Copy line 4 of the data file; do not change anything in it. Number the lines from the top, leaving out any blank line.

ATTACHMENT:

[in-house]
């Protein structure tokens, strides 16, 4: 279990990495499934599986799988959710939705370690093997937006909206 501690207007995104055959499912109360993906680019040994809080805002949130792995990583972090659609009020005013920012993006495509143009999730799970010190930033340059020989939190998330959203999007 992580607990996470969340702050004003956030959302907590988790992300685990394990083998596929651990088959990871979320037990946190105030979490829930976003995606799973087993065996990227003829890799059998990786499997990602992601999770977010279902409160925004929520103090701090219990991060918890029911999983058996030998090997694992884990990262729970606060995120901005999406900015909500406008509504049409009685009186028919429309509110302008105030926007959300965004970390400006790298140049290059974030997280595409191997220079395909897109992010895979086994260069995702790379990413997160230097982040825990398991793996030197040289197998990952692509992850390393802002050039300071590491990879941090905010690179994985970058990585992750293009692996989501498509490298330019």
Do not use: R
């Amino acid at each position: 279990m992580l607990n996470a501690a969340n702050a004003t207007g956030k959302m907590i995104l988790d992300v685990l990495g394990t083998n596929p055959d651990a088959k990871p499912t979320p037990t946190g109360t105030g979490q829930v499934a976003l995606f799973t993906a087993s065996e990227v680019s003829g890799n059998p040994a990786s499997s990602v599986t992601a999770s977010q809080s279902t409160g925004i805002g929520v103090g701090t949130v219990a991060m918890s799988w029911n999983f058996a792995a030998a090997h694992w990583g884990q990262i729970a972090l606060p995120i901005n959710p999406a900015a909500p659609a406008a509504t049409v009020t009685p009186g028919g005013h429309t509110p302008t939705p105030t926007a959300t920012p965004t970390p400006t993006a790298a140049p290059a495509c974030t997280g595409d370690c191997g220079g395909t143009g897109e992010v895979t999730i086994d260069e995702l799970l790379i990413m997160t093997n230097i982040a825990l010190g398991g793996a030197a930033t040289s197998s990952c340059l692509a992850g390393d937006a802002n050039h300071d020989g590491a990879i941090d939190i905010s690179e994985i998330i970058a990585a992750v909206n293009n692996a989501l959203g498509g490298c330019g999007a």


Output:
């Amino acid at each position: 279990m992580l607990n996470a501690a969340n702050a004003t207007g956030k959302m907590i995104l988790d992300v685990l990495g394990t083998n596929p055959d651990a088959k990871p499912t979320p037990t946190g109360t105030g979490q829930v499934a976003l995606f799973t993906a087993s065996e990227v680019s003829g890799n059998p040994a990786s499997s990602v599986t992601a999770s977010q809080s279902t409160g925004i805002g929520v103090g701090t949130v219990a991060m918890s799988w029911n999983f058996a792995a030998a090997h694992w990583g884990q990262i729970a972090l606060p995120i901005n959710p999406a900015a909500p659609a406008a509504t049409v009020t009685p009186g028919g005013h429309t509110p302008t939705p105030t926007a959300t920012p965004t970390p400006t993006a790298a140049p290059a495509c974030t997280g595409d370690c191997g220079g395909t143009g897109e992010v895979t999730i086994d260069e995702l799970l790379i990413m997160t093997n230097i982040a825990l010190g398991g793996a030197a930033t040289s197998s990952c340059l692509a992850g390393d937006a802002n050039h300071d020989g590491a990879i941090d939190i905010s690179e994985i998330i970058a990585a992750v909206n293009n692996a989501l959203g498509g490298c330019g999007a």